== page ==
Protein-rich to build muscles

Sea moss has a very high protein composition too (6 g per 100 g), and protein is used for muscle repair and development in the body. It also contains taurine, which is an amino acid that promotes weight loss by helping burn fat instead of sugar.

Sworn immunity booster

One of the most amazing benefits of sea moss is that it is anti-bacterial and anti-viral, so it really boosts your immunity and lowers the risk of catching an infection or a disease. It is not just great for prevention, but also a great medicine to treat multiple illnesses. For example, it is popularly used as a cure for the common cold and flu.

It has also been shown to remove inflammation and pain and even slow down aging effects!

Reduces irritation

Because of its thick, gelatinous consistency, it can help soothe your body and also reduce irritation, just like aloe Vera and other gel-like substances.

Topical benefits for skin

Other than being ingested through the mouth, sea moss is also applied topically when it is in its gel-like form. Because it reduces inflammation and is also anti-bacterial, it helps fight acne. Sea moss is rich in sulfur, which is known to have anti-microbial properties too.

It has omega-3 fatty acids and vitamins like vitamin A which help keep the skin hydrated and glowing.


How to use sea moss- supplement or food?

Sea moss shouldn’t be taken as a complete meal in itself but as an additive or supplement. Taking too much can overdo it and cause harm, especially considering that its full effects aren’t well-researched and completely known yet.

Sea moss is sold by the Vital Vegan brand in raw plant form, gel form, and powdered form. The gel or powdered form is great to add to your foods, such as smoothies, soups, and desserts. It is nearly tasteless, so you do not have to worry about spoiling the taste. You can even use it as a baking substitute for eggs in its gel-like form or add it as a thickening agent to other foods.


Since there is no concrete evidence of the health benefits of sea moss, and it lacks significant research, the following must also be kept in mind so as not to overdo it or expect it to act as an instant miracle cure for everything.

Too much iodine is harmful

Iodine is a mineral that must be taken in just the right amount, not less and not more, as both adversely affect thyroid function. This can even get quite serious as high iodine intakes can cause poisoning (seafood is the most common cause of iodine poisoning), conditions like hypothyroidism and hyperthyroidism, and thyroid cancer. Due to these risks of extra iodine intake, the American Thyroid Association advises all individuals against taking any daily iodine supplements or seafood, which contains more than 500 micrograms of iodine.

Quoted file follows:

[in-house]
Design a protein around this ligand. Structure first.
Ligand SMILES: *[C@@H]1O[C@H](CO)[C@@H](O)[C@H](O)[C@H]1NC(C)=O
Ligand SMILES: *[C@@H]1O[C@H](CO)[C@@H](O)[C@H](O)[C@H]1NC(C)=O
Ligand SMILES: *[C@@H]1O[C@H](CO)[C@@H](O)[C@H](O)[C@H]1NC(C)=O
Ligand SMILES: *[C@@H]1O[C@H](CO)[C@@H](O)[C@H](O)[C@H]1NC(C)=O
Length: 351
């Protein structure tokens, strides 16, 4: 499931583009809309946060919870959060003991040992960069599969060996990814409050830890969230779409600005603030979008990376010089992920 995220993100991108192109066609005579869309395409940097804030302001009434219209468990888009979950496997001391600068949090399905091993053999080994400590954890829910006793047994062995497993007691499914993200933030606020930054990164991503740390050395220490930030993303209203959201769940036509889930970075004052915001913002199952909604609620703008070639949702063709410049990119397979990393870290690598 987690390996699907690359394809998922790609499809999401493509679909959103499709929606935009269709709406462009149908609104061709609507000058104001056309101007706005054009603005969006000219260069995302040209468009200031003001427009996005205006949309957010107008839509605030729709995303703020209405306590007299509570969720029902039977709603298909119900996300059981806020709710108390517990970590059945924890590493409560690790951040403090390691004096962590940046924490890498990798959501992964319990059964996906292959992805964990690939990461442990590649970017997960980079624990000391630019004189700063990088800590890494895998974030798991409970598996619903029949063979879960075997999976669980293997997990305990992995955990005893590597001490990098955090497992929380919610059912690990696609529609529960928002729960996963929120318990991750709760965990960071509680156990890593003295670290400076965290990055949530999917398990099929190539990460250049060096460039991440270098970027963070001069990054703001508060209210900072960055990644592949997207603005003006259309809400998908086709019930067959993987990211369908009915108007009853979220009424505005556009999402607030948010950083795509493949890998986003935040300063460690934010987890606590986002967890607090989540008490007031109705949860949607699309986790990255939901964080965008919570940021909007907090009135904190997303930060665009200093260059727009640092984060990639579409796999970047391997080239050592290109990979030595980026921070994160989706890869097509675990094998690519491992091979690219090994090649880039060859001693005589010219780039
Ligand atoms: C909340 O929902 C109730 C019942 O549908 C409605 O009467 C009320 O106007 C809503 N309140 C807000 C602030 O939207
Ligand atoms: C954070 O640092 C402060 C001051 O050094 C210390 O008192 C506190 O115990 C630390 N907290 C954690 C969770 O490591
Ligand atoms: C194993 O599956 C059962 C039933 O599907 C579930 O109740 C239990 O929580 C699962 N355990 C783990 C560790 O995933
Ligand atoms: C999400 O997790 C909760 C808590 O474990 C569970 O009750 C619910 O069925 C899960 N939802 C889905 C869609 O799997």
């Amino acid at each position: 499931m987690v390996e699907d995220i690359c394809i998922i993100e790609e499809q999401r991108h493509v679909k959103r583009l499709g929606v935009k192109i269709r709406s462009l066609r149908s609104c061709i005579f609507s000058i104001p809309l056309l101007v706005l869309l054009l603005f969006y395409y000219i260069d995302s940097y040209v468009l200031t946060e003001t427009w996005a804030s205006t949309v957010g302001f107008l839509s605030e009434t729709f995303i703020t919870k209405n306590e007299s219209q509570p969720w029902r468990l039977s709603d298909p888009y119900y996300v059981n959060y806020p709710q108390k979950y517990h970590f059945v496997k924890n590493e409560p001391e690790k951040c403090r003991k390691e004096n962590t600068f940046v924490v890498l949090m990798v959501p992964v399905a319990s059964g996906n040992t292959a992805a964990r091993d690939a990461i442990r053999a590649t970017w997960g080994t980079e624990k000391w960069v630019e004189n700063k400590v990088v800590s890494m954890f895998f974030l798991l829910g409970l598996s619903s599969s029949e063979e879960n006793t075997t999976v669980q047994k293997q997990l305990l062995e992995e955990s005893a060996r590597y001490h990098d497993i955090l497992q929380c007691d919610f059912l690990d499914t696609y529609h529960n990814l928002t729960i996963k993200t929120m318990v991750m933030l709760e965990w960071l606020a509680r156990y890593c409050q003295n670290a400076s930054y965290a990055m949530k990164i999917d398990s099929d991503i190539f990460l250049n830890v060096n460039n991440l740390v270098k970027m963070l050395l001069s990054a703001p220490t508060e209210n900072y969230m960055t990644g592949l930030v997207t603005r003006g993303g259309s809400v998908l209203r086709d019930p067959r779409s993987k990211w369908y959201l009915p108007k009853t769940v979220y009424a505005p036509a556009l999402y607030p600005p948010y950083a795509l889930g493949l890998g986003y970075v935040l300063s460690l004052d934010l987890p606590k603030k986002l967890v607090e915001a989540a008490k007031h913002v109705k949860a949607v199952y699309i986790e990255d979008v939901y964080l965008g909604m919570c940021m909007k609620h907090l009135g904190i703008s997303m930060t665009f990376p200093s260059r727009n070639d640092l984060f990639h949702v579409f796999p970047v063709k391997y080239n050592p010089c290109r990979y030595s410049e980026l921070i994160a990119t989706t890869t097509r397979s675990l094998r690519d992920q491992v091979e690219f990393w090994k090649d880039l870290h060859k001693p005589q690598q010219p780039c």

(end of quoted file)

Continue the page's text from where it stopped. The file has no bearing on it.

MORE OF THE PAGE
This is one of the major downsides of sea moss being rich in iodine, and hence it must be taken in small amounts to avoid overdosing.

Not tested for safety

Since it is not sold like a proper prescription drug, there is no way of knowing if it is effective, obtained from the right sources, and completely safe to ingest. So it is best to consult your doctor or dietician to know if and how much to take and in what form.


Bottom line, although it is undeniable that sea moss does have nutritional benefits when taken in small, supplemental amounts, and was found to be a centuries-old growth and energy booster as well as a cure for some sicknesses, we must stress on taking it in moderation.

It is important not to blindly trust claims about sea moss being a superfood that can miraculously cure all your problems just because it has gained sudden popularity with a couple of celebrity endorsements. The truth of the matter is that there is no concrete research-based evidence of its benefits, and, like with many seafood items, it does have high amounts of iodine, which are dangerous if taken in excess.

So many people do swear by it as an amazing remedy and energy booster, and there is no denying its obvious nutritional benefits, but we recommend testing it out first after consulting with your nutritionist and taking small amounts in a low frequency to observe if it does provide the claimed benefits overtime.